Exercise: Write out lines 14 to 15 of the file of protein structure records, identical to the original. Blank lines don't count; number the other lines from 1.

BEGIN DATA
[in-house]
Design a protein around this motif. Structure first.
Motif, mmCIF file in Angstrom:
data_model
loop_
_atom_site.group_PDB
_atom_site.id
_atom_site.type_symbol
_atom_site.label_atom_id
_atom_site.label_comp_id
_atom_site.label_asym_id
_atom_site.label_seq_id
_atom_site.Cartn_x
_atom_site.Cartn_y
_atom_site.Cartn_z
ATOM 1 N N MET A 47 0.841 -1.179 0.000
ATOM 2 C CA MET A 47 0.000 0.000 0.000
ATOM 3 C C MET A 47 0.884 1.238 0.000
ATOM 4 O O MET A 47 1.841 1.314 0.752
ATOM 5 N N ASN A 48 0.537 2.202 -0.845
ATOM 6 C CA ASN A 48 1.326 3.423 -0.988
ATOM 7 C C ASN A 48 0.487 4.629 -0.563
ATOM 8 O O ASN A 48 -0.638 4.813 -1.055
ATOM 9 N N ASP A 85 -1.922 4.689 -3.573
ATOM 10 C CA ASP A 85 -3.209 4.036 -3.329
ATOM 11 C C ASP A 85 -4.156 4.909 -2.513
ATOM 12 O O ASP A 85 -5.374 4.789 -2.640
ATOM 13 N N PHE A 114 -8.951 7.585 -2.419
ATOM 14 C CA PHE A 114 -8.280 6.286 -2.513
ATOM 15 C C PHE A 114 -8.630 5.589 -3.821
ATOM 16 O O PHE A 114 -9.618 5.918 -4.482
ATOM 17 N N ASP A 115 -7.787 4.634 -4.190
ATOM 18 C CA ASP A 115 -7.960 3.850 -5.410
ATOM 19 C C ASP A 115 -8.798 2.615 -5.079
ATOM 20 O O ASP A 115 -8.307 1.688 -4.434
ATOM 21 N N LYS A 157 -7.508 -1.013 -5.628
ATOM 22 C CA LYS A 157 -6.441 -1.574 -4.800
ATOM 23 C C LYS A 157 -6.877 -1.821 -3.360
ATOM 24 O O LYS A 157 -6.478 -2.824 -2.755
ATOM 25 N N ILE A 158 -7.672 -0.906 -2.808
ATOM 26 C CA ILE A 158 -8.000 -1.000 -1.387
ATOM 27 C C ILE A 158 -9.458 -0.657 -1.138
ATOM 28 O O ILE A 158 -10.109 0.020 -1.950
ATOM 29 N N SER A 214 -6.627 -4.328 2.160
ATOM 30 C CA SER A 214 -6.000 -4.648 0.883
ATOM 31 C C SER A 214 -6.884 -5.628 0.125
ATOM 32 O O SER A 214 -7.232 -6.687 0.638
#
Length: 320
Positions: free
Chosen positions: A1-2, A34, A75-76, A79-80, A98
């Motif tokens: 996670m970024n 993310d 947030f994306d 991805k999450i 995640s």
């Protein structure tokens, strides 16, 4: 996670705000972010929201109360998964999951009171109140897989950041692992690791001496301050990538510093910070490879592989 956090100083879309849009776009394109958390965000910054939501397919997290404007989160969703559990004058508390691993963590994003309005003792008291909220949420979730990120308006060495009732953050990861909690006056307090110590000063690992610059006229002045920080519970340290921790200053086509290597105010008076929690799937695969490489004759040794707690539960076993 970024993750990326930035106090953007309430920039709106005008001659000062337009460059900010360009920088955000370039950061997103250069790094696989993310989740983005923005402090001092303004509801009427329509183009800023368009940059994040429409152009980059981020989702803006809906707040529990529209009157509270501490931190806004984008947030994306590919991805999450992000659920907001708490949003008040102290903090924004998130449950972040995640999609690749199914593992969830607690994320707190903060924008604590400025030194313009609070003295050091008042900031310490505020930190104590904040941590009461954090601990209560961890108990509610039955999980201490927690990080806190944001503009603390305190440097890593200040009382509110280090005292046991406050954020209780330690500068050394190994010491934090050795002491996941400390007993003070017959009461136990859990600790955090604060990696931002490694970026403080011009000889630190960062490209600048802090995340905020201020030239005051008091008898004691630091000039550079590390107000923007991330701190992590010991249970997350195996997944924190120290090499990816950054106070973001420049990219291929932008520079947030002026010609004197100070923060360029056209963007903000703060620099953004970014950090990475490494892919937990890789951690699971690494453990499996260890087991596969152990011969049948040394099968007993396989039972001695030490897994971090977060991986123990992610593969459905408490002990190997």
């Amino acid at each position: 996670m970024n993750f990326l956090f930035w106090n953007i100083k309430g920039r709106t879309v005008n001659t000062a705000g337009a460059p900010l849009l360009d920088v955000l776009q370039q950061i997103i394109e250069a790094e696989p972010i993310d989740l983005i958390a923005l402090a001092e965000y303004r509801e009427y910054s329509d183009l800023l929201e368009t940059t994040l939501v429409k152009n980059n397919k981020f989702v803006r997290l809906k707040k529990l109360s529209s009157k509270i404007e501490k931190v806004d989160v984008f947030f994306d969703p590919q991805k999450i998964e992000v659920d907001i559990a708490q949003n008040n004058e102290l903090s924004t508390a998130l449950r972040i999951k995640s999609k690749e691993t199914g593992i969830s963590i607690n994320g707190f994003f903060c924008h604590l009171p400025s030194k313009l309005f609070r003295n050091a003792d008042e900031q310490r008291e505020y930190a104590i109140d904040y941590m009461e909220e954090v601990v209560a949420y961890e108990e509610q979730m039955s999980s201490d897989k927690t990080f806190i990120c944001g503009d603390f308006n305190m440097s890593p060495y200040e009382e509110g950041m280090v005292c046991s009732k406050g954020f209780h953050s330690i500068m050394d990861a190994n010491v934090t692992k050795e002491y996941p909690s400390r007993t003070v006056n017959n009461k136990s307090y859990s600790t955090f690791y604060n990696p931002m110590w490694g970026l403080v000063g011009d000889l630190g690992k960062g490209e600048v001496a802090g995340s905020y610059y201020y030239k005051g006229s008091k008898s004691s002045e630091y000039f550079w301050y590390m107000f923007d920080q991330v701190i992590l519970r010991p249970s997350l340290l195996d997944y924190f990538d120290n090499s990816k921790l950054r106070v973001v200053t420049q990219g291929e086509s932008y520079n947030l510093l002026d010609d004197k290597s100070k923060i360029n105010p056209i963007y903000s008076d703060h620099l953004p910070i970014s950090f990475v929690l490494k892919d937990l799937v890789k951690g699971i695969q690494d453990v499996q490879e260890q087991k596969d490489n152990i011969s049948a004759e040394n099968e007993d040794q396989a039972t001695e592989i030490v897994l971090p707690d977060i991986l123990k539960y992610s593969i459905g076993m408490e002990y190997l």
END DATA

_atom_site.Cartn_y
_atom_site.Cartn_z